My first conclusion with the D3x compared to its D700 predecessor was all of the above, until I figured out what I was looking at. Some comparisons are easily drawn. It’s clear for example, that the D700 has lower noise than the D2x for the same image size, hardly surprising as we are comparing a recent FF sensor with an older APS-C (D2x) one. The total pixels and 1:1 print sizes are almost identical. On the other hand, comparing the D700 at 1:1 with the D800 at 1:2, for like print sizes, shows little difference. It’s only when you double preview sizes with the D700 to 2:1 and the D800 to 1:1 that you see the greatly superior resolving power of the D800, as the number of pixels you are looking at in such a comparison is tripled in the case of the newer sensor.
Nikon has not helped the situation. After their affordable high pixel count FF bodies – the D600 and D800 – came to market, they started publishing pieces intimating that only their very costliest and newest lenses were ‘good enough’ to extract the best from the new sensors. The rest of the sheep writing purportedly critical analysis followed right along. It’s called sales and makes little sense. Some of Nikon’s highest resolving power lenses were made ages ago, long before digital sensors existed – any Micro-Nikkor macro lens pretty much qualifies (55, 105 and 200mm) – as do a host of pre-Ai lenses, many over four decades old. If you like the latest and greatest (and costliest) have at it. But don’t believe everything you read from such conflicted sources. Their primary focus is not on your image making capabilities but on your wallet, be it through sales (Nikon) or click-throughs (the whores who parrot this stuff as if it was technically proved fact).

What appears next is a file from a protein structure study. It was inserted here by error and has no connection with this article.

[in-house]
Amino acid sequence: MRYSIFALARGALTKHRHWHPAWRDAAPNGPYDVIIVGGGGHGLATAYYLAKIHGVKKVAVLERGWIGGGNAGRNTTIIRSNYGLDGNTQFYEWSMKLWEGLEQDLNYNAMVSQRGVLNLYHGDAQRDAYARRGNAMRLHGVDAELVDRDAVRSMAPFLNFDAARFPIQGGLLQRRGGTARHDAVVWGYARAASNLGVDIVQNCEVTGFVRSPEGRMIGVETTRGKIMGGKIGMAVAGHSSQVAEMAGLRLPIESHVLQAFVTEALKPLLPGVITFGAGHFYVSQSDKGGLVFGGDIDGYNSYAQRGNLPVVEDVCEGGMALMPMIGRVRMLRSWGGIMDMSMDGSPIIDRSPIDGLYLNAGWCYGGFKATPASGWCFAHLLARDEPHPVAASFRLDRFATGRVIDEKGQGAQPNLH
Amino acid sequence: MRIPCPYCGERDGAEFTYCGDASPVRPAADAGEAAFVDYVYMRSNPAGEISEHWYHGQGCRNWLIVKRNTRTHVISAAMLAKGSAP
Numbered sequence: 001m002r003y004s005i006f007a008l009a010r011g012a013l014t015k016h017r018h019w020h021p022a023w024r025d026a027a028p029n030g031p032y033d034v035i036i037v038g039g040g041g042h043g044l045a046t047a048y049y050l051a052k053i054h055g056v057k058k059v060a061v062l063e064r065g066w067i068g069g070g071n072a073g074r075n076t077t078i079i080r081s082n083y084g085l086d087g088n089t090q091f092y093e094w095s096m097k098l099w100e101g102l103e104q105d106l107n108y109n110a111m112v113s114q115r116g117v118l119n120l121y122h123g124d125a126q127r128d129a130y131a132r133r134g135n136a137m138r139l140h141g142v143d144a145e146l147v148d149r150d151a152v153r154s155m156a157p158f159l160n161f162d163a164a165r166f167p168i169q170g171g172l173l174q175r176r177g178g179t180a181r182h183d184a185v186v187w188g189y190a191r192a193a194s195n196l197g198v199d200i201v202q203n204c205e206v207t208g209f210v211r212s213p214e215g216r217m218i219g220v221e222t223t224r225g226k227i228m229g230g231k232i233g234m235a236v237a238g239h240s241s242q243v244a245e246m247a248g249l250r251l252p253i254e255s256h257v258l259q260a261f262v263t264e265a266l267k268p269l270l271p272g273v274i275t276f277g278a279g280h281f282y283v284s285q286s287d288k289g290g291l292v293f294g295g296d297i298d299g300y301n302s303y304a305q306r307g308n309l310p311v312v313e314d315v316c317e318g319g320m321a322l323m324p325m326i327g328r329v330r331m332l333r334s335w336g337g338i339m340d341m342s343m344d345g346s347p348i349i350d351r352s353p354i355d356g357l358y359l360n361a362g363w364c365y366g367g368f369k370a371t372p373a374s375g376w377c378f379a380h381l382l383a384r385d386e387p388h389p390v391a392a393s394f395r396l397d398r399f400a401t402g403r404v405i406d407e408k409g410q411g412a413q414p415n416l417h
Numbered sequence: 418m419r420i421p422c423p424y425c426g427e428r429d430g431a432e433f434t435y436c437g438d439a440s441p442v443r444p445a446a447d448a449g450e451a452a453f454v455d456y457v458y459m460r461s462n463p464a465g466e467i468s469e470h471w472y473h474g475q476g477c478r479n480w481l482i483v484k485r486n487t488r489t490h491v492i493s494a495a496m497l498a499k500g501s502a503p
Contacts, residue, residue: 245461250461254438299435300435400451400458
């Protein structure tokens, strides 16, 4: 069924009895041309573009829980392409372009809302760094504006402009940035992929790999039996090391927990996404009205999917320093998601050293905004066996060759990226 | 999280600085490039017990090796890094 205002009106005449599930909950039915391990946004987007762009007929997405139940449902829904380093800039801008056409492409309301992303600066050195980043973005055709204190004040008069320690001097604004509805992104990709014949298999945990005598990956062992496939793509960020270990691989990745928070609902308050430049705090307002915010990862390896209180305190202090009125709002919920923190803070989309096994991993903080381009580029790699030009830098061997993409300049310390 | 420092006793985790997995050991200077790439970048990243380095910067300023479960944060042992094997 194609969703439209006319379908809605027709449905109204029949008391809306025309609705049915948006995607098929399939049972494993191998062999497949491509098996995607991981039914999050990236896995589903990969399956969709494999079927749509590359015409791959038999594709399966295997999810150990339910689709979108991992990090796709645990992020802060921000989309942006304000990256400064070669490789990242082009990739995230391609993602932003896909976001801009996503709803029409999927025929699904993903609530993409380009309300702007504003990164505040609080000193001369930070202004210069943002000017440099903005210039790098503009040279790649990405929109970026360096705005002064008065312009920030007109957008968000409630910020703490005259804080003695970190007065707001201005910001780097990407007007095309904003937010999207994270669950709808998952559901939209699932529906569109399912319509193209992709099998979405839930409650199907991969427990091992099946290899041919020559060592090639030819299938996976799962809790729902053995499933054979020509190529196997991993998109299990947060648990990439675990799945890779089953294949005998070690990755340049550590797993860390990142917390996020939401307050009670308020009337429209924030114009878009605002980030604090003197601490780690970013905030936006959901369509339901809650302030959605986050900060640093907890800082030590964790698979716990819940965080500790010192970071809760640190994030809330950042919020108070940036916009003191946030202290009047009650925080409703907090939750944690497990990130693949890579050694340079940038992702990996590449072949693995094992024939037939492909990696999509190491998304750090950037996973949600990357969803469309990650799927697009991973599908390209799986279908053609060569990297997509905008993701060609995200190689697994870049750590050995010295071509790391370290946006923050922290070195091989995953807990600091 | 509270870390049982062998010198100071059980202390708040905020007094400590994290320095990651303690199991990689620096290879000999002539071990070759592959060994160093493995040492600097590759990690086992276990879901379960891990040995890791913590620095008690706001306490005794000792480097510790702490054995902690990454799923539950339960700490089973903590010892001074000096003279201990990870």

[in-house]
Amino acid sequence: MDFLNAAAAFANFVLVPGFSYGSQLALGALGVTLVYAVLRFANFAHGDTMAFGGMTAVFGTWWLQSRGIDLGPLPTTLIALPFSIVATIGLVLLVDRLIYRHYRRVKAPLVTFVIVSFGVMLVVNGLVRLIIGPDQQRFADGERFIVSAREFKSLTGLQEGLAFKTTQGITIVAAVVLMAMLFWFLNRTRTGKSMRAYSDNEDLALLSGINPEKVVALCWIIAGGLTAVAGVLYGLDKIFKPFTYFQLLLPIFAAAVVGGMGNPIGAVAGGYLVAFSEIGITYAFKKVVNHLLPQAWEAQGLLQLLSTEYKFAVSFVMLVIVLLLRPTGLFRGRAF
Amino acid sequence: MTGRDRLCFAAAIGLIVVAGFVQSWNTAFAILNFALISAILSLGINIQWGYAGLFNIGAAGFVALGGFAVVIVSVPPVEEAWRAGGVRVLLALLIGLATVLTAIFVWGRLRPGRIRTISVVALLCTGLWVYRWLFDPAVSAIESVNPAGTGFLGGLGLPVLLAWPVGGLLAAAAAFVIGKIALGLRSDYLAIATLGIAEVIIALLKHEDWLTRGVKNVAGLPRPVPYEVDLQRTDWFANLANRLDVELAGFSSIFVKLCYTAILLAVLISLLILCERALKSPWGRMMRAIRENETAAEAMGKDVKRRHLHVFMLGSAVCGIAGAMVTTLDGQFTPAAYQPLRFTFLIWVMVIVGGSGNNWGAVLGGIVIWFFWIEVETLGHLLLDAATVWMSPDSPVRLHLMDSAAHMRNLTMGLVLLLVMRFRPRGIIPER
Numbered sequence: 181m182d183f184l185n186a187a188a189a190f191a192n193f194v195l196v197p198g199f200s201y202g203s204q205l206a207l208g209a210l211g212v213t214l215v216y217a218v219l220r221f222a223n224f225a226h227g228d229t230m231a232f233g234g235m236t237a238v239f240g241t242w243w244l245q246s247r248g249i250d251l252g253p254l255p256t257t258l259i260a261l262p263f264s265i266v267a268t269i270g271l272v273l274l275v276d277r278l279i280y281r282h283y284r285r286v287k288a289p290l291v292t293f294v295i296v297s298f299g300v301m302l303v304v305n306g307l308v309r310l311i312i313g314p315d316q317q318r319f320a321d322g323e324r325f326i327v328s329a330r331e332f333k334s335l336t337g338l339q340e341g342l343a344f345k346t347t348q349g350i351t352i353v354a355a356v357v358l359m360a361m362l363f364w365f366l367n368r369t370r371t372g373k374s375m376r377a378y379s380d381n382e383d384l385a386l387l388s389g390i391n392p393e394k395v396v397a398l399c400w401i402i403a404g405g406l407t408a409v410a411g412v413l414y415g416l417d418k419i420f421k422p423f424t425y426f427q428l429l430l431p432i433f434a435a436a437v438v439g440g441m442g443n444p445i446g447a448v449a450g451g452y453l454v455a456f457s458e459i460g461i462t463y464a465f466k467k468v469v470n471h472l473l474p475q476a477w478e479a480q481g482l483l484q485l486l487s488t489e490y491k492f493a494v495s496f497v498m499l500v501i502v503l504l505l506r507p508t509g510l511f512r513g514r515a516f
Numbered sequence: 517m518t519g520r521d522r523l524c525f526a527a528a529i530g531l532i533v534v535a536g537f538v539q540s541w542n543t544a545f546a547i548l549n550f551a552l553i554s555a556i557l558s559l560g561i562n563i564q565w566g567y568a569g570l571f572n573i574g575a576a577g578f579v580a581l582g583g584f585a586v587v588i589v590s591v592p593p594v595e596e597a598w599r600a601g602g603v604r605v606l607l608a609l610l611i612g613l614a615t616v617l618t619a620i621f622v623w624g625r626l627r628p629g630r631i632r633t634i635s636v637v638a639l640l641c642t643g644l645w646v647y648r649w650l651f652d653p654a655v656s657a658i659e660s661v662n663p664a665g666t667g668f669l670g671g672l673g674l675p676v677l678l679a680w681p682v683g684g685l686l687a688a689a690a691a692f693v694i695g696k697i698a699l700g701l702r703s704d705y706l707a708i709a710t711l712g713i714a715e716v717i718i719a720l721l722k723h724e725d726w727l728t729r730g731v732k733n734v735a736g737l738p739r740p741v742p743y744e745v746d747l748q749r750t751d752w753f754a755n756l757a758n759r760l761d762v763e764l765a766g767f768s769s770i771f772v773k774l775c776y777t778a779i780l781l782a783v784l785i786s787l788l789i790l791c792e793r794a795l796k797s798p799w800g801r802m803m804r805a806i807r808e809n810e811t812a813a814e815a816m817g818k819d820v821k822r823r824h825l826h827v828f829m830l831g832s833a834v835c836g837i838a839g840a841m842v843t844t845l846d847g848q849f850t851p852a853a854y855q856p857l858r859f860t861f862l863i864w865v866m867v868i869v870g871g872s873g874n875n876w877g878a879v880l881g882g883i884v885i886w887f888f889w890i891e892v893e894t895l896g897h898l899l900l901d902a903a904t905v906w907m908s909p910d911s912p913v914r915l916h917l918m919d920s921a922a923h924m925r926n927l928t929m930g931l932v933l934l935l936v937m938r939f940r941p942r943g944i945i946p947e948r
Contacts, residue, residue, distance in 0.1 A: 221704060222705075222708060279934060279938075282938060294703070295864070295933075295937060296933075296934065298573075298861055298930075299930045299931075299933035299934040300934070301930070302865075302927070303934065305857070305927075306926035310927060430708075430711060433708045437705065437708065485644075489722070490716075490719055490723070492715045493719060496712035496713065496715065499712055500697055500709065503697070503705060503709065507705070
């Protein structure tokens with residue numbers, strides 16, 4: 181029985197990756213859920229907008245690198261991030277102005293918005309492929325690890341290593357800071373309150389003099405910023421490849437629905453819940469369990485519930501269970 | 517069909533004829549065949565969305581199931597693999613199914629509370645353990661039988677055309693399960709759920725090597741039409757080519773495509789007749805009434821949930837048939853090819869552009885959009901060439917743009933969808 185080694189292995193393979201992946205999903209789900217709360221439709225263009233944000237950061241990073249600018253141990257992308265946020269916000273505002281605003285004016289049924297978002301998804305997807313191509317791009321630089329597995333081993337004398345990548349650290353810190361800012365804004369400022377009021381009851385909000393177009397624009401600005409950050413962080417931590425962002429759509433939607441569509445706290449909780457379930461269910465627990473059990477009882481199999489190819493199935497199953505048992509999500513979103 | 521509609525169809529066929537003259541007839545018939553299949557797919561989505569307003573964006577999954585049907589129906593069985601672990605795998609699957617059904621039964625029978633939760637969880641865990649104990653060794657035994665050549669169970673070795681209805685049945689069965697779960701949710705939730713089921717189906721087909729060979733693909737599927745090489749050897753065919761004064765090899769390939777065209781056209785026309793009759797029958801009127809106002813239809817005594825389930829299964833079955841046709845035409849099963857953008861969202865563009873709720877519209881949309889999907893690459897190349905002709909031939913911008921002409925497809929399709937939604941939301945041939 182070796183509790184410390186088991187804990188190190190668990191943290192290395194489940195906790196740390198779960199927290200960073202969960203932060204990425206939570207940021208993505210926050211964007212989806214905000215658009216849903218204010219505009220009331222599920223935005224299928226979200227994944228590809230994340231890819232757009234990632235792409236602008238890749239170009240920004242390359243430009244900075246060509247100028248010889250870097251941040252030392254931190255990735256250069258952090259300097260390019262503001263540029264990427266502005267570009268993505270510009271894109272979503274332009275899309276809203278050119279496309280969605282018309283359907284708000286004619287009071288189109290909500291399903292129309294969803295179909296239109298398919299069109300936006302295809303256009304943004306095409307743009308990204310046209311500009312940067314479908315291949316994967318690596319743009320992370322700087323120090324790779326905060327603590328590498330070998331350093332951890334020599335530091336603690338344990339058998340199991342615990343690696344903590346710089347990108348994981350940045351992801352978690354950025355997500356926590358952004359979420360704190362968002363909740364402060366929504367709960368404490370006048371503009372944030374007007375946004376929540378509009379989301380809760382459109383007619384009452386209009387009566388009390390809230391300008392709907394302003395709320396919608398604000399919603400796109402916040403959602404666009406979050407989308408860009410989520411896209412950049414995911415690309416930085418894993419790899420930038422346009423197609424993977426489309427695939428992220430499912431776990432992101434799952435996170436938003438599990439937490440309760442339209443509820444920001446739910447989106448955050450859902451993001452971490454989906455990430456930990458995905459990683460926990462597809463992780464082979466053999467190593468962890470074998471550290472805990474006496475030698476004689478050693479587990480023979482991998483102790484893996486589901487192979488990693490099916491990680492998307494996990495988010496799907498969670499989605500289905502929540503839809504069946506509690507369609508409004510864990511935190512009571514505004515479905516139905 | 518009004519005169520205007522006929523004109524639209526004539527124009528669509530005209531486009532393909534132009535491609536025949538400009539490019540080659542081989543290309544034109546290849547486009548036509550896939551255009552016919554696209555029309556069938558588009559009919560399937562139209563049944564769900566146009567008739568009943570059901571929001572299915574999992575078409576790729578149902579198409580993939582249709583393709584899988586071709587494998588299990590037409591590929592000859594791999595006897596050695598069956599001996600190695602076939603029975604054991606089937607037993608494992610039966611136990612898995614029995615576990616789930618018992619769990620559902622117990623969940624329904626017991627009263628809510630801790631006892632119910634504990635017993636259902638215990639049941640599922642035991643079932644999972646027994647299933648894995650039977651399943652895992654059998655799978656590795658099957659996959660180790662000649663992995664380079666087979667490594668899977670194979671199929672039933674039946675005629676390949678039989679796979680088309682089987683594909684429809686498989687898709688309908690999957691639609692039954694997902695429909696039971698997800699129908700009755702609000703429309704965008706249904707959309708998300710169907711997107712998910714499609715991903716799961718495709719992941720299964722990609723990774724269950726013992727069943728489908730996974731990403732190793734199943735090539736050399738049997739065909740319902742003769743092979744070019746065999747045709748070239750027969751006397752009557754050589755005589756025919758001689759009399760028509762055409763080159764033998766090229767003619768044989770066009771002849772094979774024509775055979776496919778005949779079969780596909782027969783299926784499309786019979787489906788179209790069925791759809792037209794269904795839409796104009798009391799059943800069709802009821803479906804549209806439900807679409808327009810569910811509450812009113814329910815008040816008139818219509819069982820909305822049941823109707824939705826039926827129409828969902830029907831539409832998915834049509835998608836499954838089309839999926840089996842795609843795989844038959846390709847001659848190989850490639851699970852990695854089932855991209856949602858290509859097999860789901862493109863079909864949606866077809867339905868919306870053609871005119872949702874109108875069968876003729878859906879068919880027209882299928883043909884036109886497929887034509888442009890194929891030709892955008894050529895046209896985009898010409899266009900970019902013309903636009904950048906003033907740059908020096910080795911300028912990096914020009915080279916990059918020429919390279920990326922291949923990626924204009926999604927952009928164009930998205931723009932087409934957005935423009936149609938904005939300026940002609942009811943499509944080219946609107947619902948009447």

So before you chuck out your old lenses and start buying costly superspeed exotics which allow the use of faster shutter speeds, while contemplating return of the body to Nikon for repair of focusing errors, ask yourself what you are really looking at when you preview those enlarged images on your display.
Practical implications: It’s not like you can avoid buying new gear with lots of megapixels by trying to save money on something with fewer. Everything has lots of pixels today. 12MP is hard to find at the lower limit. But the practical implication of this rapid technological advance is that, for those on a budget, substantial savings can result from buying the previous generation of hardware, comfortable in the knowledge that while 8-12MP may not be a lot, it’s more than enough for 99% of needs. DSLR bodies like the Canon 5D, Canon 5D MkII, Nikon D700, Nikon D2x, Nikon D3 and others no less capable from Pentax and Sony offer tremendous savings just because they have been replaced with something that measures better in a comparison table. Heck, a lightly used 6mp Nikon D1x can be had for under $250 and will offer tremendous capability, outfitted with a $50 mint MF Nikkor, far in excess of the abilities of most. The barrier to entry to good hardware has never been lower. 16″ x 20″ prints? No problem. Why do I say that? The D1x’s sensor is 3,008 pixels wide, so for a 90 pixel/inch print (what Lightroom shows at 1:1 preview) you would get a print sized 33″ x 22″. Unless you stick your nose in it, it will show just fine.
Nikon D1x. Add Nikkor of choice.